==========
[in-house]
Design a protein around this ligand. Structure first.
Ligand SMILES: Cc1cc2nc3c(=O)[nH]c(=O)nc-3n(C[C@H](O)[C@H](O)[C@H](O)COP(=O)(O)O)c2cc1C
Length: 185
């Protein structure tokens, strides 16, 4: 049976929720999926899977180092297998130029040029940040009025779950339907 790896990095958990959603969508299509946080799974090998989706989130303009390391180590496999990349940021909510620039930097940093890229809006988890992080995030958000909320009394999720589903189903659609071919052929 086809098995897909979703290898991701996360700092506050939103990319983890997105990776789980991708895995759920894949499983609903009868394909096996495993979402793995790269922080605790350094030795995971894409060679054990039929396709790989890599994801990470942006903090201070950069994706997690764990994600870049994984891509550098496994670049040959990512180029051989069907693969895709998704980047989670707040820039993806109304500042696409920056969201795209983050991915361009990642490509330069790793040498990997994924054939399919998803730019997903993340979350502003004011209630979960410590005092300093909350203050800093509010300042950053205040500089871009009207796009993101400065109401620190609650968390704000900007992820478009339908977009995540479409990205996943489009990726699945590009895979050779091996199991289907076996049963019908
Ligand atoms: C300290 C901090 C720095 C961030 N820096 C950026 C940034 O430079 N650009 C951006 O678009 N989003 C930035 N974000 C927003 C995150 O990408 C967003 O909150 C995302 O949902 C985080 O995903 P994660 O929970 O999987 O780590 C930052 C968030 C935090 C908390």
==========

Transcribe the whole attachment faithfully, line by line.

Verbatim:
[in-house]
Design a protein around this ligand. Structure first.
Ligand SMILES: Cc1cc2nc3c(=O)[nH]c(=O)nc-3n(C[C@H](O)[C@H](O)[C@H](O)COP(=O)(O)O)c2cc1C
Length: 185
């Protein structure tokens, strides 16, 4: 049976929720999926899977180092297998130029040029940040009025779950339907 790896990095958990959603969508299509946080799974090998989706989130303009390391180590496999990349940021909510620039930097940093890229809006988890992080995030958000909320009394999720589903189903659609071919052929 086809098995897909979703290898991701996360700092506050939103990319983890997105990776789980991708895995759920894949499983609903009868394909096996495993979402793995790269922080605790350094030795995971894409060679054990039929396709790989890599994801990470942006903090201070950069994706997690764990994600870049994984891509550098496994670049040959990512180029051989069907693969895709998704980047989670707040820039993806109304500042696409920056969201795209983050991915361009990642490509330069790793040498990997994924054939399919998803730019997903993340979350502003004011209630979960410590005092300093909350203050800093509010300042950053205040500089871009009207796009993101400065109401620190609650968390704000900007992820478009339908977009995540479409990205996943489009990726699945590009895979050779091996199991289907076996049963019908
Ligand atoms: C300290 C901090 C720095 C961030 N820096 C950026 C940034 O430079 N650009 C951006 O678009 N989003 C930035 N974000 C927003 C995150 O990408 C967003 O909150 C995302 O949902 C985080 O995903 P994660 O929970 O999987 O780590 C930052 C968030 C935090 C908390």